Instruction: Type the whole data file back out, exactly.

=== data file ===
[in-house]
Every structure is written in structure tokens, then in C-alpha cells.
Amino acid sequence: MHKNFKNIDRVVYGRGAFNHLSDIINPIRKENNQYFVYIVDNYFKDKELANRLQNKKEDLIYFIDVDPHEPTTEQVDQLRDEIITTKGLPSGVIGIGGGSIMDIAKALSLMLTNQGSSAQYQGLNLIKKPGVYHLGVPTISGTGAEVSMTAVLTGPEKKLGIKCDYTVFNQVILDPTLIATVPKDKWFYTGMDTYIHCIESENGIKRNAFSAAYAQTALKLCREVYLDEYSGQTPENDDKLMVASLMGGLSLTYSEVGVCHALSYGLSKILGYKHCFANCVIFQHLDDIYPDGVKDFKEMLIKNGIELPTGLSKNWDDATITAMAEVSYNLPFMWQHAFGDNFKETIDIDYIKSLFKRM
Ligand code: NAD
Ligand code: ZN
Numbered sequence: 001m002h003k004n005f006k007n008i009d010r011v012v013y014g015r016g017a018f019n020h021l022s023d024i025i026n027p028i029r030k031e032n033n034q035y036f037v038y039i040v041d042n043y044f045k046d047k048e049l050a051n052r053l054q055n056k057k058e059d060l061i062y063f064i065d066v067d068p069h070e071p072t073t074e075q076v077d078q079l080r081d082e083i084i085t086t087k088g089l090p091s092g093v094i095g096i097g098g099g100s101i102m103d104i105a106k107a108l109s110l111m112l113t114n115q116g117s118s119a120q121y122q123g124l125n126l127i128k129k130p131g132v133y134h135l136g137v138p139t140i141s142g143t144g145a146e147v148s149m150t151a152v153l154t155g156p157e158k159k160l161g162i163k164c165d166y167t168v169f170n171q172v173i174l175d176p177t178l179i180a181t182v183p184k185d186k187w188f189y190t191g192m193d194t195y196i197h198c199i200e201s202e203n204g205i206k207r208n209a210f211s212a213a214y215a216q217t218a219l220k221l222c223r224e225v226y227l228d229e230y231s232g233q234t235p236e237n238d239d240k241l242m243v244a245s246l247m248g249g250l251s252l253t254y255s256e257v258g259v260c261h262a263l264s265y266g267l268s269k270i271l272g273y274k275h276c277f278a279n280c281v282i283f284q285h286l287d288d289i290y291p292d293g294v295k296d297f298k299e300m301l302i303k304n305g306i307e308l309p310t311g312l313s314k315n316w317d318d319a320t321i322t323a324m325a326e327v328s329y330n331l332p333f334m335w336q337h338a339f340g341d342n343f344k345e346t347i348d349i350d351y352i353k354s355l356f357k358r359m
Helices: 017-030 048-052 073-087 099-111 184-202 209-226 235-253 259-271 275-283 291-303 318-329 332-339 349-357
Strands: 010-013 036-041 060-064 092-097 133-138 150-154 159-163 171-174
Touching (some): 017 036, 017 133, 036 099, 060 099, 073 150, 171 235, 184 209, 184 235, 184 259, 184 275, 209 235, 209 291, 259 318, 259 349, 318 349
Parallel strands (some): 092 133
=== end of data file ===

[in-house]
Every structure is written in structure tokens, then in C-alpha cells.
Amino acid sequence: MHKNFKNIDRVVYGRGAFNHLSDIINPIRKENNQYFVYIVDNYFKDKELANRLQNKKEDLIYFIDVDPHEPTTEQVDQLRDEIITTKGLPSGVIGIGGGSIMDIAKALSLMLTNQGSSAQYQGLNLIKKPGVYHLGVPTISGTGAEVSMTAVLTGPEKKLGIKCDYTVFNQVILDPTLIATVPKDKWFYTGMDTYIHCIESENGIKRNAFSAAYAQTALKLCREVYLDEYSGQTPENDDKLMVASLMGGLSLTYSEVGVCHALSYGLSKILGYKHCFANCVIFQHLDDIYPDGVKDFKEMLIKNGIELPTGLSKNWDDATITAMAEVSYNLPFMWQHAFGDNFKETIDIDYIKSLFKRM
Ligand code: NAD
Ligand code: ZN
Numbered sequence: 001m002h003k004n005f006k007n008i009d010r011v012v013y014g015r016g017a018f019n020h021l022s023d024i025i026n027p028i029r030k031e032n033n034q035y036f037v038y039i040v041d042n043y044f045k046d047k048e049l050a051n052r053l054q055n056k057k058e059d060l061i062y063f064i065d066v067d068p069h070e071p072t073t074e075q076v077d078q079l080r081d082e083i084i085t086t087k088g089l090p091s092g093v094i095g096i097g098g099g100s101i102m103d104i105a106k107a108l109s110l111m112l113t114n115q116g117s118s119a120q121y122q123g124l125n126l127i128k129k130p131g132v133y134h135l136g137v138p139t140i141s142g143t144g145a146e147v148s149m150t151a152v153l154t155g156p157e158k159k160l161g162i163k164c165d166y167t168v169f170n171q172v173i174l175d176p177t178l179i180a181t182v183p184k185d186k187w188f189y190t191g192m193d194t195y196i197h198c199i200e201s202e203n204g205i206k207r208n209a210f211s212a213a214y215a216q217t218a219l220k221l222c223r224e225v226y227l228d229e230y231s232g233q234t235p236e237n238d239d240k241l242m243v244a245s246l247m248g249g250l251s252l253t254y255s256e257v258g259v260c261h262a263l264s265y266g267l268s269k270i271l272g273y274k275h276c277f278a279n280c281v282i283f284q285h286l287d288d289i290y291p292d293g294v295k296d297f298k299e300m301l302i303k304n305g306i307e308l309p310t311g312l313s314k315n316w317d318d319a320t321i322t323a324m325a326e327v328s329y330n331l332p333f334m335w336q337h338a339f340g341d342n343f344k345e346t347i348d349i350d351y352i353k354s355l356f357k358r359m
Helices: 017-030 048-052 073-087 099-111 184-202 209-226 235-253 259-271 275-283 291-303 318-329 332-339 349-357
Strands: 010-013 036-041 060-064 092-097 133-138 150-154 159-163 171-174
Touching (some): 017 036, 017 133, 036 099, 060 099, 073 150, 171 235, 184 209, 184 235, 184 259, 184 275, 209 235, 209 291, 259 318, 259 349, 318 349
Parallel strands (some): 092 133